Potential new therapy for Crohn’s, colitis identified

Alternative to anti-inflammatory therapies reduces IBD symptoms in mice

The cells that line the gut of an ulcerative colitis patient are inflamed and filled with a protein called PAI-1 (shown in red) that is linked to blood clotting. Nuclei are shown in blue, and other intestinal cells are marked in green. Researchers at Washington University School of Medicine in St. Louis have found that blocking the protein potentially could lead to alternative therapies for inflammatory bowel disease that reduce symptoms without targeting inflammation directly. (Image: Gerard Kaiko)

People with inflammatory bowel disease (IBD) live with frequent, miserable episodes of abdominal pain, diarrhea and in severe cases, rectal bleeding. Standard treatments are aimed at directly suppressing inflammation, but many patients find little relief from such an approach.

Now, researchers at Washington University School of Medicine in St. Louis have found a compound that may treat IBD without directly targeting inflammation. The compound tamps down the activity of a gene linked to blood clotting. They discovered that the gene was turned on at sites of intestinal inflammation and damage, and blocking its activity reduces IBD symptoms in mice.

Notably, the gene is especially active in people with severe disease and in those who don’t respond to potent biologic drugs known as TNF blockers that are prescribed to treat severe IBD.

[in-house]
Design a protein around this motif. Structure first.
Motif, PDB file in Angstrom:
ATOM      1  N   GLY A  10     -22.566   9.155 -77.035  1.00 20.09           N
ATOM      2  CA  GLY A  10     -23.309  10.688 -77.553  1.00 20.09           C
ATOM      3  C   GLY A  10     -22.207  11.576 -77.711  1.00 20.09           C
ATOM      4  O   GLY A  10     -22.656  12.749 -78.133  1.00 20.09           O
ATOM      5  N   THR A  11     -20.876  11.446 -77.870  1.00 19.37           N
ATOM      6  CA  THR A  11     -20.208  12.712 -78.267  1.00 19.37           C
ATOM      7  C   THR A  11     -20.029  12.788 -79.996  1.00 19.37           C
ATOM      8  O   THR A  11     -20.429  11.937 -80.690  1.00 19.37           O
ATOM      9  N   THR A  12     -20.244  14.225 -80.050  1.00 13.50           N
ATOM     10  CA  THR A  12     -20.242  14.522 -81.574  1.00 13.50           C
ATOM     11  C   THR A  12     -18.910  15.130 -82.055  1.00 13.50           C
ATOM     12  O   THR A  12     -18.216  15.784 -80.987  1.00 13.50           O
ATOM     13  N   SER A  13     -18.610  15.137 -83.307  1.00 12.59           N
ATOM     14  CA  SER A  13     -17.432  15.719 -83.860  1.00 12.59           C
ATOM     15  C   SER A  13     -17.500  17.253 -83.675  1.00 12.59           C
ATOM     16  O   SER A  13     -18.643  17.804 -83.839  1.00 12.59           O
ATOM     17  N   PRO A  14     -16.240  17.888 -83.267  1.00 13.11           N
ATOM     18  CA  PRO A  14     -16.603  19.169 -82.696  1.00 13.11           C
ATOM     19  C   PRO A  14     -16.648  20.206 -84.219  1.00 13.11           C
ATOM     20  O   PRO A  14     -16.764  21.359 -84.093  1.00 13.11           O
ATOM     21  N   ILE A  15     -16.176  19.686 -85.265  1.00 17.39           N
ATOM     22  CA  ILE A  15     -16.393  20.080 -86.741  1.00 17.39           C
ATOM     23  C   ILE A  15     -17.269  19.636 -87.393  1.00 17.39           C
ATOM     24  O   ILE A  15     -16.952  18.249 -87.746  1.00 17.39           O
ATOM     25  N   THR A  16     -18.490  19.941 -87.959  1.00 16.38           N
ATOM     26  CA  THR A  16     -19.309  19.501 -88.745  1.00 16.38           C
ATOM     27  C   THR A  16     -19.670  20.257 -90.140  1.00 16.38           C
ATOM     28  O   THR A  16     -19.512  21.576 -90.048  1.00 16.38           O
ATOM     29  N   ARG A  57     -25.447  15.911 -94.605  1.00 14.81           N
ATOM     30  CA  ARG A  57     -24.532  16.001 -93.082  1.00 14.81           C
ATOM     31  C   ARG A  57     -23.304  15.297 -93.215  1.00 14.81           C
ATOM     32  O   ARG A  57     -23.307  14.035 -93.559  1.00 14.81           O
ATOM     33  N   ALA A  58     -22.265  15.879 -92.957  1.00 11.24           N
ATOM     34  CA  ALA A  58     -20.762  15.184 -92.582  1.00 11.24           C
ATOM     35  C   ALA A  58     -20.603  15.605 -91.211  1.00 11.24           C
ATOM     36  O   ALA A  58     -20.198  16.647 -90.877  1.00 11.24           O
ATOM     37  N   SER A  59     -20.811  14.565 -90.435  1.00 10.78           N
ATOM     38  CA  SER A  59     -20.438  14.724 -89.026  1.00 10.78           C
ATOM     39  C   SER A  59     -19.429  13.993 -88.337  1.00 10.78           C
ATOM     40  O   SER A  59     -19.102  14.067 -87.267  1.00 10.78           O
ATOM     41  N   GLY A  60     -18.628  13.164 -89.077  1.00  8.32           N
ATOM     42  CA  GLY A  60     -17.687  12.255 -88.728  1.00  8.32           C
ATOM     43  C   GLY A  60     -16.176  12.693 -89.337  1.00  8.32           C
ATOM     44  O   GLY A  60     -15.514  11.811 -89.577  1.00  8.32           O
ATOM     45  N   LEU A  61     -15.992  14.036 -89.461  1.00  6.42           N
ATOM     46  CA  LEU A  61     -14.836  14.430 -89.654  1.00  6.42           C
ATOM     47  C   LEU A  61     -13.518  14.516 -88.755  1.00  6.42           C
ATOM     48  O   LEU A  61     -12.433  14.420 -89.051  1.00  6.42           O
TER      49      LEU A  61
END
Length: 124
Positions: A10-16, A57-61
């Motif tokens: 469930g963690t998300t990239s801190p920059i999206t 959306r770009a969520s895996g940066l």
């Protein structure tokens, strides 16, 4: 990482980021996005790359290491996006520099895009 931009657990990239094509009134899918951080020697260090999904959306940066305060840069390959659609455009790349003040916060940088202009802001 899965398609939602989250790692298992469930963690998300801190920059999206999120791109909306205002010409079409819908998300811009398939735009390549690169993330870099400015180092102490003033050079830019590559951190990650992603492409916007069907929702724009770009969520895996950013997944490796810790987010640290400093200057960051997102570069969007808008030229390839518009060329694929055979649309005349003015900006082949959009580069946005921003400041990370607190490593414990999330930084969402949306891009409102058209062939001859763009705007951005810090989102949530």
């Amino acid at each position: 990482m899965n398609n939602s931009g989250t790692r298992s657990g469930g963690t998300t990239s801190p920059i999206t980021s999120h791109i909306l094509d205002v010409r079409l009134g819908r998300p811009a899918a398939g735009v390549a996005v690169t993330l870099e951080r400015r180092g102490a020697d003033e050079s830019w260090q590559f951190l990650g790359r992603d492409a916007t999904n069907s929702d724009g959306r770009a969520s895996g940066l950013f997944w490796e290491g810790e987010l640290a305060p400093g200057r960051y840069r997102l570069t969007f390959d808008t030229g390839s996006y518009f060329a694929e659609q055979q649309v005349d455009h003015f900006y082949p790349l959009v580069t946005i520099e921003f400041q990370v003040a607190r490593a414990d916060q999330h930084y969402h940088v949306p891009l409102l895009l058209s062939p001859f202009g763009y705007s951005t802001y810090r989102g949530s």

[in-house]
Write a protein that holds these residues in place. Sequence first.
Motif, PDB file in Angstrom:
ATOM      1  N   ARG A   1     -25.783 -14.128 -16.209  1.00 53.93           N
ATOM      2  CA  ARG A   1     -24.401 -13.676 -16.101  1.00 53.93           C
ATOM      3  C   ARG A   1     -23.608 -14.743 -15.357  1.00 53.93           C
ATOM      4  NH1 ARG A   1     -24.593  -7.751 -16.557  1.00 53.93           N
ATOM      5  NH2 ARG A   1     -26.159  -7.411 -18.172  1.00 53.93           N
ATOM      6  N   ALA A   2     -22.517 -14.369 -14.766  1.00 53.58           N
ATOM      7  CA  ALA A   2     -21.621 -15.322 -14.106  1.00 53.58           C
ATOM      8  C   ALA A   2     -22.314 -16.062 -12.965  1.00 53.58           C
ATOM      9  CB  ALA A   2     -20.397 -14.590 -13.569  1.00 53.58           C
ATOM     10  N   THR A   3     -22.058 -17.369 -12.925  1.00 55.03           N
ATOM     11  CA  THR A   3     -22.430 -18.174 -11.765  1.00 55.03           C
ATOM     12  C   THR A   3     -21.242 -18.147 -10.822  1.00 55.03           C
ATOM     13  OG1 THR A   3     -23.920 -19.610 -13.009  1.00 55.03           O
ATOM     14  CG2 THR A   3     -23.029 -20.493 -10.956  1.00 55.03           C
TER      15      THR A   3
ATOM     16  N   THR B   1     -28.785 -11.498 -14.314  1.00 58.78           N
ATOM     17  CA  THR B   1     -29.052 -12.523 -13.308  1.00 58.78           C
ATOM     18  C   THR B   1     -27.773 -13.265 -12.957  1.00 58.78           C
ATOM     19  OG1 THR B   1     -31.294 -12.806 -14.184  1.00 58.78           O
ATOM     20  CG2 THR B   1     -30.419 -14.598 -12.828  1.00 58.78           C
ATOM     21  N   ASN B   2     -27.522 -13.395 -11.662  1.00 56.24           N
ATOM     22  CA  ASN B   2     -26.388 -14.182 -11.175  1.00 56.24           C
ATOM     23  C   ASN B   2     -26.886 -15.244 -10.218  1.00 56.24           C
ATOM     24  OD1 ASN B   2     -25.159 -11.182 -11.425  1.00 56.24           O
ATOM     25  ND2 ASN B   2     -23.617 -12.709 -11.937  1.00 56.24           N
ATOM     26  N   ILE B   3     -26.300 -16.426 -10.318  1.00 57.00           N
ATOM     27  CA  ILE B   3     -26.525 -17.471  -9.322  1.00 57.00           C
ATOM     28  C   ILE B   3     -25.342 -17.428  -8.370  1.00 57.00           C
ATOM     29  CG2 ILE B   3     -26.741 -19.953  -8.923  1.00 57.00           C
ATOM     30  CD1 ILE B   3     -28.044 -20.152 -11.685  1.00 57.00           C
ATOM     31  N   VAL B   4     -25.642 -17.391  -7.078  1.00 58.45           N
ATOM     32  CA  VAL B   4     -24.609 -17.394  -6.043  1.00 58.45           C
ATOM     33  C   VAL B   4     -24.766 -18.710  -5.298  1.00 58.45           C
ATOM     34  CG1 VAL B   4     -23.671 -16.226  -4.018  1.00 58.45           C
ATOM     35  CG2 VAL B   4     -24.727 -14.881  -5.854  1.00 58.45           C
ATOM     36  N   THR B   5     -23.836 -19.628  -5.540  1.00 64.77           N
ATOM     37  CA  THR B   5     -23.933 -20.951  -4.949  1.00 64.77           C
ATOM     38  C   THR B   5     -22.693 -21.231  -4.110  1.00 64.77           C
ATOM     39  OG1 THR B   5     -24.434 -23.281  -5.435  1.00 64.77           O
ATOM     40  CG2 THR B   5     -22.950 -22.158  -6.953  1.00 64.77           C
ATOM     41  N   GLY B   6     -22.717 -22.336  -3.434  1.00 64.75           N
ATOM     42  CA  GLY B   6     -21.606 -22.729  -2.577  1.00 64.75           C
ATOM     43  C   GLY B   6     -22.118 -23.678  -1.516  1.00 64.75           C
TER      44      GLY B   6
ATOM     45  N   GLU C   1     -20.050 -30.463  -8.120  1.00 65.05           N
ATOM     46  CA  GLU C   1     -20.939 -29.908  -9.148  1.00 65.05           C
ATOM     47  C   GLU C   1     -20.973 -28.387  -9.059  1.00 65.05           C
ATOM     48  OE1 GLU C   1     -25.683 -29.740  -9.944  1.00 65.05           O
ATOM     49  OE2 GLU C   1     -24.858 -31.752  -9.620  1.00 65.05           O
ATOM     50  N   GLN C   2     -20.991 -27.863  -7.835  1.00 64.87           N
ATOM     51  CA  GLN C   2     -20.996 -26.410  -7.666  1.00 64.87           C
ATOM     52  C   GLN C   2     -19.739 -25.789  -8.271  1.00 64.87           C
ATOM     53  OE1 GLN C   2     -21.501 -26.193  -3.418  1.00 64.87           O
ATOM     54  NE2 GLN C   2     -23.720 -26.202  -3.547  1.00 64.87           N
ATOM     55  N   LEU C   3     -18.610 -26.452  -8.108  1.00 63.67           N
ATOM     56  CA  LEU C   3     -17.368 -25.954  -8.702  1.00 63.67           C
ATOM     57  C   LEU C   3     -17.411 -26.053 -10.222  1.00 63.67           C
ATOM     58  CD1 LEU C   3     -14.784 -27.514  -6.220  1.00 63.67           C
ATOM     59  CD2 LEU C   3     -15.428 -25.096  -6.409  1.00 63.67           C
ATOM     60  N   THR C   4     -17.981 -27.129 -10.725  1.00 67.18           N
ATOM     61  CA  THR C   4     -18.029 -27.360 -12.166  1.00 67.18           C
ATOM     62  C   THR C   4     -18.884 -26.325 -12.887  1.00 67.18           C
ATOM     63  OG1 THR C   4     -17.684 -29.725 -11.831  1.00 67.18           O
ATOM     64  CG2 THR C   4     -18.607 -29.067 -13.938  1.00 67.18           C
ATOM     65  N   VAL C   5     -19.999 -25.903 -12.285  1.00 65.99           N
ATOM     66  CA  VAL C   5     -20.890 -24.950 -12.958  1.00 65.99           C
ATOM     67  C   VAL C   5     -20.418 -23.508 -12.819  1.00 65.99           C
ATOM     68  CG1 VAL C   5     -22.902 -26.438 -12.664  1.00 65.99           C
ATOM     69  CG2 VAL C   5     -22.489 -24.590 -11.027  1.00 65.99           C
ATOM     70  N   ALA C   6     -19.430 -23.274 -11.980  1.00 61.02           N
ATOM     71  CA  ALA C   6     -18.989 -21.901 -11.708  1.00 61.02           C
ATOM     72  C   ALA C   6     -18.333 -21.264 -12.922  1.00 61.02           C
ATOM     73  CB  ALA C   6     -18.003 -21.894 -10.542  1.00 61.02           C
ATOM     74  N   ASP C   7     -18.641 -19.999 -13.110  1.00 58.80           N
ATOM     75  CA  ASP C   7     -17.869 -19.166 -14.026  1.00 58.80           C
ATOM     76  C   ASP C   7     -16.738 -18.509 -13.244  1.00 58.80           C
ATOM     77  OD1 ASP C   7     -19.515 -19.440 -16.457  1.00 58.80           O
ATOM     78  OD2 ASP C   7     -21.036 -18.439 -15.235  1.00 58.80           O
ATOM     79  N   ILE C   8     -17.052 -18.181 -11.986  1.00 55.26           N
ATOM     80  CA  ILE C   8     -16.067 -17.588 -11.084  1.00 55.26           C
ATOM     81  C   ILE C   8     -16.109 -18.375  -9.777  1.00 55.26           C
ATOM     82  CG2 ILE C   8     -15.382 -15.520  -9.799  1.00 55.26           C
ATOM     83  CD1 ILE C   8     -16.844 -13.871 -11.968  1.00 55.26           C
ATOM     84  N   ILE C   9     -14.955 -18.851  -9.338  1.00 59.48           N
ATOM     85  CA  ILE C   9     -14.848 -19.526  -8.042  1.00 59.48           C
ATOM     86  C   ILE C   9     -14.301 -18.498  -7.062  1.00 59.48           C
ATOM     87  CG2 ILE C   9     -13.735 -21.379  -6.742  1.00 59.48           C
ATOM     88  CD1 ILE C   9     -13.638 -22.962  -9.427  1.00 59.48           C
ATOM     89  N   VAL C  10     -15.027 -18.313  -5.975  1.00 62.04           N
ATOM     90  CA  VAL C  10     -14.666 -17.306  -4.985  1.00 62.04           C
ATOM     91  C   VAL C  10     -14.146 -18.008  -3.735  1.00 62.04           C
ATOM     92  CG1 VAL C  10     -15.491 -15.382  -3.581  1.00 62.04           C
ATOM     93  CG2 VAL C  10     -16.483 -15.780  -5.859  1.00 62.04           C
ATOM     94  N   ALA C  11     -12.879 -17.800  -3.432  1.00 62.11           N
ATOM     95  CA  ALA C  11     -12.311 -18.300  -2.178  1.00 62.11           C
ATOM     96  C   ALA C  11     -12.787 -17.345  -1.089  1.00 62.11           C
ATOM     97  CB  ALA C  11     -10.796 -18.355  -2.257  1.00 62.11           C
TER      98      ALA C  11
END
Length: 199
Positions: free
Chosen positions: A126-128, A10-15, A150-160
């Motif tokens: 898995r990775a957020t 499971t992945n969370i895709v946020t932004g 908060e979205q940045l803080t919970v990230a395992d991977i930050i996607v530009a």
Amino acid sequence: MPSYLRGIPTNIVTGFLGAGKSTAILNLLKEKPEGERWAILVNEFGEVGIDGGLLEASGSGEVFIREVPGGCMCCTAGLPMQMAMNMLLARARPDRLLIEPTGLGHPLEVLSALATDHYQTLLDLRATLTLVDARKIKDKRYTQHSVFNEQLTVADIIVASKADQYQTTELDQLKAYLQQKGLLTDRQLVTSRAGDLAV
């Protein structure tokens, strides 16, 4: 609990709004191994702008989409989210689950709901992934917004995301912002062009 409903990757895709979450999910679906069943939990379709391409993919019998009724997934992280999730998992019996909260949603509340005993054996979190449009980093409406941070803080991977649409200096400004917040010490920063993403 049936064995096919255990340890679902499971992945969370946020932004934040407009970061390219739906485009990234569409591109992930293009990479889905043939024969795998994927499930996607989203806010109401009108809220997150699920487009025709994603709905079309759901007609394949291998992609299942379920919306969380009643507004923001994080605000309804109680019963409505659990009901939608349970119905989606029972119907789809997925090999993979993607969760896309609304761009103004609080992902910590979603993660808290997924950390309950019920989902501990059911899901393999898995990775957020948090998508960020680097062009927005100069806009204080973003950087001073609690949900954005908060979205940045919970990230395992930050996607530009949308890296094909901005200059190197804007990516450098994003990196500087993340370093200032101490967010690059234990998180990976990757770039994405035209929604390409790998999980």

The findings, published March 6 in Science Translational Medicine, may be a path to new therapeutic options for people whose IBD can’t be controlled effectively with current treatments.

Stappenbeck

“There’s a lot of interest in novel therapeutic approaches for IBD because inhibiting inflammatory molecules doesn’t work for all patients,” said senior author Thaddeus S. Stappenbeck, MD, PhD, the Conan Professor of Laboratory and Genomic Medicine. “We found a unique target that’s not an inflammatory molecule, and yet blocking it reduces inflammation and signs of disease, at least in mice. If further research bears out our findings, we think this target could be helpful to a greater number of patients.”

More than 1 million people in the United States have IBD, which includes Crohn’s disease and ulcerative colitis. Both conditions are marked by out-of-control inflammation but in different parts of the gastrointestinal tract. They typically are treated first with general anti-inflammatory drugs such as corticosteroids. In more severe cases, people are given more potent immune suppressors such as TNF inhibitors, which neutralize an important immune protein. TNF inhibitors are sold under brand names such as Humira and Remicade. Immunosuppressants can be very effective, but they do have side effects such as increased risk of infection and cancer.

While researchers have focused countless hours on finding drugs to dampen IBD patients’ unruly immune systems, there are other untapped sources for therapies of the disease – such as the behavior of the epithelial cells that line the gut. Stappenbeck and first author Gerard Kaiko, a former postdoctoral researcher in Stappenbeck’s lab who is now at the University of Newcastle in Australia, realized that overlooked aspects of IBD might be a rich source of new drug targets.